Hope that makes you breathe easier.

FRED GARDNER is editor of O’Shaughnessy’s. He can be reached at: fred@plebesite.com

 

 

 

 

 

 

More articles by:

Fred Gardner is the managing editor of O’Shaughnessy’s. He can be reached at fred@plebesite.com

Weekend Edition
December 14, 2018
Friday - Sunday
Andrew Levine
A Tale of Two Cities
Peter Linebaugh
The Significance of The Common Wind
Bruce E. Levine
The Ketamine Chorus: NYT Trumpets New Anti-Suicide Drug
Jeffrey St. Clair
Roaming Charges: Fathers and Sons, Bushes and Bin Ladens
Kathy Deacon
Coffee, Social Stratification and the Retail Sector in a Small Maritime Village
Nick Pemberton
Praise For America’s Second Leading Intellectual
Robert Hunziker
The Yellow Vest Insurgency – What’s Next?
Patrick Cockburn
The Yemeni Dead: Six Times Higher Than Previously Reported
Nick Alexandrov
George H. W. Bush: Another Eulogy
Brian Cloughley
Principles and Morality Versus Cash and Profit? No Contest
Michael Duggin
Climate Change and the Limits of Reason
Victor Grossman
Sighs of Relief in Germany
Ron Jacobs
A Propagandist of Privatization
Robert Fantina
What Does Beto Have Against the Palestinians?
Richard Falk – Daniel Falcone
Sartre, Said, Chomsky and the Meaning of the Public Intellectual
Andrew Glikson
Crimes Against the Earth
Robert Fisk
The Parasitic Relationship Between Power and the American Media
Stephen Cooper
When Will Journalism Grapple With the Ethics of Interviewing Mentally Ill Arrestees?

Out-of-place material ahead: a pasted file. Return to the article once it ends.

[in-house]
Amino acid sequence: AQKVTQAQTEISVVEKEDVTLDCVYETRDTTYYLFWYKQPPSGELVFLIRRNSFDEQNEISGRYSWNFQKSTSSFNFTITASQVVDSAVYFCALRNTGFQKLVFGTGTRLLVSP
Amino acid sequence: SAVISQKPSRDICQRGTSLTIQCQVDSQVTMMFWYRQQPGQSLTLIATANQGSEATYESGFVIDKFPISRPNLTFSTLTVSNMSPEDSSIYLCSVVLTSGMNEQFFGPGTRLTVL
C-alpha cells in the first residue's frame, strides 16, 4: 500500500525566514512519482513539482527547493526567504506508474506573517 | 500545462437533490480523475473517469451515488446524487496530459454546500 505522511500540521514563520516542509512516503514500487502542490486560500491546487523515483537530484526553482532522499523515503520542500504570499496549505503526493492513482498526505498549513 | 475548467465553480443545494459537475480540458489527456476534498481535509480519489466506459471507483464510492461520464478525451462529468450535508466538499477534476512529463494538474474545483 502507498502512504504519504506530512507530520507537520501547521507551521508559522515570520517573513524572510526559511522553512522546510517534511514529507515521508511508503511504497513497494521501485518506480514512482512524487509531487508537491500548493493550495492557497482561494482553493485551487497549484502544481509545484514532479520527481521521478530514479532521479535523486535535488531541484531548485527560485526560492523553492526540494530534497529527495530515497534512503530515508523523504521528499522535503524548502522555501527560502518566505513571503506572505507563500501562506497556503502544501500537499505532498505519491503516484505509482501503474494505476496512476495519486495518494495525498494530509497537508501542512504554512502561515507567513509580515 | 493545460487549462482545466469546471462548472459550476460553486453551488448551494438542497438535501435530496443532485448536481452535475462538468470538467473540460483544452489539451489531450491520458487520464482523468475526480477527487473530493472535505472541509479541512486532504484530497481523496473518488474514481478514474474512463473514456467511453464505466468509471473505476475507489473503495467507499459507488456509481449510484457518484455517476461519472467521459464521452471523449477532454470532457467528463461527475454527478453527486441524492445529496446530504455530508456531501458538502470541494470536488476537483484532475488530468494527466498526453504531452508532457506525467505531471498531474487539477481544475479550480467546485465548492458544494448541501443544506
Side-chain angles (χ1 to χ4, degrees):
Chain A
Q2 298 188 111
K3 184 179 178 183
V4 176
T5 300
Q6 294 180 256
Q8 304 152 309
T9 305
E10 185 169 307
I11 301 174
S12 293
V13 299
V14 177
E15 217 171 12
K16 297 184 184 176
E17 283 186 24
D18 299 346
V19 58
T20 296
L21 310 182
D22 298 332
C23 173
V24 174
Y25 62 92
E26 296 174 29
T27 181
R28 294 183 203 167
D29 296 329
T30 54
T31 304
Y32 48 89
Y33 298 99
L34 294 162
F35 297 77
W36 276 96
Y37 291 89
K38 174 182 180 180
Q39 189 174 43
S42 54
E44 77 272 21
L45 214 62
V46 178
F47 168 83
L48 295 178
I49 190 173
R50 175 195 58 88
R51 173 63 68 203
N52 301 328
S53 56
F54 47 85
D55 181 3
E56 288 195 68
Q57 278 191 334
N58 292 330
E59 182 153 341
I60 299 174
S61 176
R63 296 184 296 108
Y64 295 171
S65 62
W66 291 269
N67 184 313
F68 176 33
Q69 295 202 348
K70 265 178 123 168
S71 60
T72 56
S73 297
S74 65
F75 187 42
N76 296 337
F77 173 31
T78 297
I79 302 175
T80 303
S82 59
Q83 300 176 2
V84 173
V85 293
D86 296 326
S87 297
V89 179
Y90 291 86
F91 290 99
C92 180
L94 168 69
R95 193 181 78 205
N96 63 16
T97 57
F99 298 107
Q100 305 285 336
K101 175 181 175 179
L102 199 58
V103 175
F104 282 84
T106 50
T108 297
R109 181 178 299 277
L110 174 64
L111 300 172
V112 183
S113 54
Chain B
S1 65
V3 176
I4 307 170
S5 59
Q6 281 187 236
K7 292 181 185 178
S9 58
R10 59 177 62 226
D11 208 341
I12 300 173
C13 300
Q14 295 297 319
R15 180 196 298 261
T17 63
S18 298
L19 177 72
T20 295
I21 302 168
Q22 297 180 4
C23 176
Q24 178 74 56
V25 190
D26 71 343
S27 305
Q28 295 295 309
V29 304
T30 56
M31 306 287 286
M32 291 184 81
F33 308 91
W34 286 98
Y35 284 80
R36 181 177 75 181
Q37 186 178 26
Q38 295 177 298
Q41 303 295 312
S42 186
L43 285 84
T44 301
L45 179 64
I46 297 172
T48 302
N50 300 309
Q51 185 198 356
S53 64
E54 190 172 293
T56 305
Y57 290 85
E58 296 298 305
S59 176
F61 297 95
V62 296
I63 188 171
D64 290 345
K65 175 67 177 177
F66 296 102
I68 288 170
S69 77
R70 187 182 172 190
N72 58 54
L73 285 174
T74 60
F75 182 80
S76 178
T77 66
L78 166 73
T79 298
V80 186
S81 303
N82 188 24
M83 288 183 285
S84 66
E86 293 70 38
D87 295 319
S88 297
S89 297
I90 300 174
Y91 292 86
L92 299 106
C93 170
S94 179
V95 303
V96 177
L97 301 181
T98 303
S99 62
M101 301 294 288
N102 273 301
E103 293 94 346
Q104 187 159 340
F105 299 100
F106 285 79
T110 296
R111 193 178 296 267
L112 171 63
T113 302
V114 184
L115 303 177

Jill Richardson
A War on Science, Morals and Law
Ron Jacobs
A Propagandist of Privatization
Evaggelos Vallianatos
It’s Not Easy Being Greek
Nomi Prins 
The Inequality Gap on a Planet Growing More Extreme
John W. Whitehead
Know Your Rights or You Will Lose Them
David Swanson
The Abolition of War Requires New Thoughts, Words, and Actions
J.P. Linstroth
Primates Are Us
Bill Willers
The War Against Cash
Jonah Raskin
Doris Lessing: What’s There to Celebrate?
Ralph Nader
Are the New Congressional Progressives Real? Use These Yardsticks to Find Out
Binoy Kampmark
William Blum: Anti-Imperial Advocate
Medea Benjamin – Alice Slater
Green New Deal Advocates Should Address Militarism
John Feffer
Review: Season 2 of Trump Presidency
Rich Whitney
General Motors’ Factories Should Not Be Closed. They Should Be Turned Over to the Workers
Christopher Brauchli
Deported for Christmas
Kerri Kennedy
This Holiday Season, I’m Standing With Migrants
Mel Gurtov
Weaponizing Humanitarian Aid
Thomas Knapp
Lame Duck Shutdown Theater Time: Pride Goeth Before a Wall?
George Wuerthner
The Thrill Bike Threat to the Elkhorn Mountains
Nyla Ali Khan
A Woman’s Selfhood and Her Ability to Act in the Public Domain: Resilience of Nadia Murad
Kollibri terre Sonnenblume
On the Killing of an Ash Tree
Graham Peebles
Britain’s Homeless Crisis
Louis Proyect
America: a Breeding Ground for Maladjustment
Steve Carlson
A Hell of a Time
Dan Corjescu
America and The Last Ship
Jeffrey St. Clair
Booked Up: the 25 Best Books of 2018
David Yearsley
Bikini by Rita, Voice by Anita
FacebookTwitterGoogle+RedditEmail